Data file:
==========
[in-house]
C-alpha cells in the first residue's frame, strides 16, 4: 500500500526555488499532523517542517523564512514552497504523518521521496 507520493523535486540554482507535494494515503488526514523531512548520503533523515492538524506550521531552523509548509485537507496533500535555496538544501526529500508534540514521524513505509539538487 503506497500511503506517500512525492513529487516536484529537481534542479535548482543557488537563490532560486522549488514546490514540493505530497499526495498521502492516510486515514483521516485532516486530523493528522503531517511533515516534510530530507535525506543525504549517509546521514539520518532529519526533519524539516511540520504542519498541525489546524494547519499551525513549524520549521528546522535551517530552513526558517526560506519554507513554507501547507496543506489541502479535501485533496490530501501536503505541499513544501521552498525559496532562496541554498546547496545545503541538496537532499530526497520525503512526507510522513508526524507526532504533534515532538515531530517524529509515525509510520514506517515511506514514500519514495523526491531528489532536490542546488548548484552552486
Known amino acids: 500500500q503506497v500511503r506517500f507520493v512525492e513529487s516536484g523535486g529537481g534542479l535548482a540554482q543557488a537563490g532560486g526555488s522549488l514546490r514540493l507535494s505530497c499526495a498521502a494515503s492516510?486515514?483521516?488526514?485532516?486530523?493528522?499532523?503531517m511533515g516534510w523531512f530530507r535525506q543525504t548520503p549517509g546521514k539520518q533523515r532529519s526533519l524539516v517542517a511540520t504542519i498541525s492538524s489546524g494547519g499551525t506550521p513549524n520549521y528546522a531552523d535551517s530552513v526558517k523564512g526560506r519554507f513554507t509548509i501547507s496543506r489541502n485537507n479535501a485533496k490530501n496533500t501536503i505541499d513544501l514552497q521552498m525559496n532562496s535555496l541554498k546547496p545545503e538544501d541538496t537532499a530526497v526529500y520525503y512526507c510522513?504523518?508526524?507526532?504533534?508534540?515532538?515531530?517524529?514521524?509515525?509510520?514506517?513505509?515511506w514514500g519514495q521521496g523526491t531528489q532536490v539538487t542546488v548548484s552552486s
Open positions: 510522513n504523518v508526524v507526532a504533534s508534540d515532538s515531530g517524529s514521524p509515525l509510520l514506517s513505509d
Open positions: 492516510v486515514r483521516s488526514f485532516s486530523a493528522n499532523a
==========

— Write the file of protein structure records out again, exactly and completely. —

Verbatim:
[in-house]
C-alpha cells in the first residue's frame, strides 16, 4: 500500500526555488499532523517542517523564512514552497504523518521521496 507520493523535486540554482507535494494515503488526514523531512548520503533523515492538524506550521531552523509548509485537507496533500535555496538544501526529500508534540514521524513505509539538487 503506497500511503506517500512525492513529487516536484529537481534542479535548482543557488537563490532560486522549488514546490514540493505530497499526495498521502492516510486515514483521516485532516486530523493528522503531517511533515516534510530530507535525506543525504549517509546521514539520518532529519526533519524539516511540520504542519498541525489546524494547519499551525513549524520549521528546522535551517530552513526558517526560506519554507513554507501547507496543506489541502479535501485533496490530501501536503505541499513544501521552498525559496532562496541554498546547496545545503541538496537532499530526497520525503512526507510522513508526524507526532504533534515532538515531530517524529509515525509510520514506517515511506514514500519514495523526491531528489532536490542546488548548484552552486
Known amino acids: 500500500q503506497v500511503r506517500f507520493v512525492e513529487s516536484g523535486g529537481g534542479l535548482a540554482q543557488a537563490g532560486g526555488s522549488l514546490r514540493l507535494s505530497c499526495a498521502a494515503s492516510?486515514?483521516?488526514?485532516?486530523?493528522?499532523?503531517m511533515g516534510w523531512f530530507r535525506q543525504t548520503p549517509g546521514k539520518q533523515r532529519s526533519l524539516v517542517a511540520t504542519i498541525s492538524s489546524g494547519g499551525t506550521p513549524n520549521y528546522a531552523d535551517s530552513v526558517k523564512g526560506r519554507f513554507t509548509i501547507s496543506r489541502n485537507n479535501a485533496k490530501n496533500t501536503i505541499d513544501l514552497q521552498m525559496n532562496s535555496l541554498k546547496p545545503e538544501d541538496t537532499a530526497v526529500y520525503y512526507c510522513?504523518?508526524?507526532?504533534?508534540?515532538?515531530?517524529?514521524?509515525?509510520?514506517?513505509?515511506w514514500g519514495q521521496g523526491t531528489q532536490v539538487t542546488v548548484s552552486s
Open positions: 510522513n504523518v508526524v507526532a504533534s508534540d515532538s515531530g517524529s514521524p509515525l509510520l514506517s513505509d
Open positions: 492516510v486515514r483521516s488526514f485532516s486530523a493528522n499532523a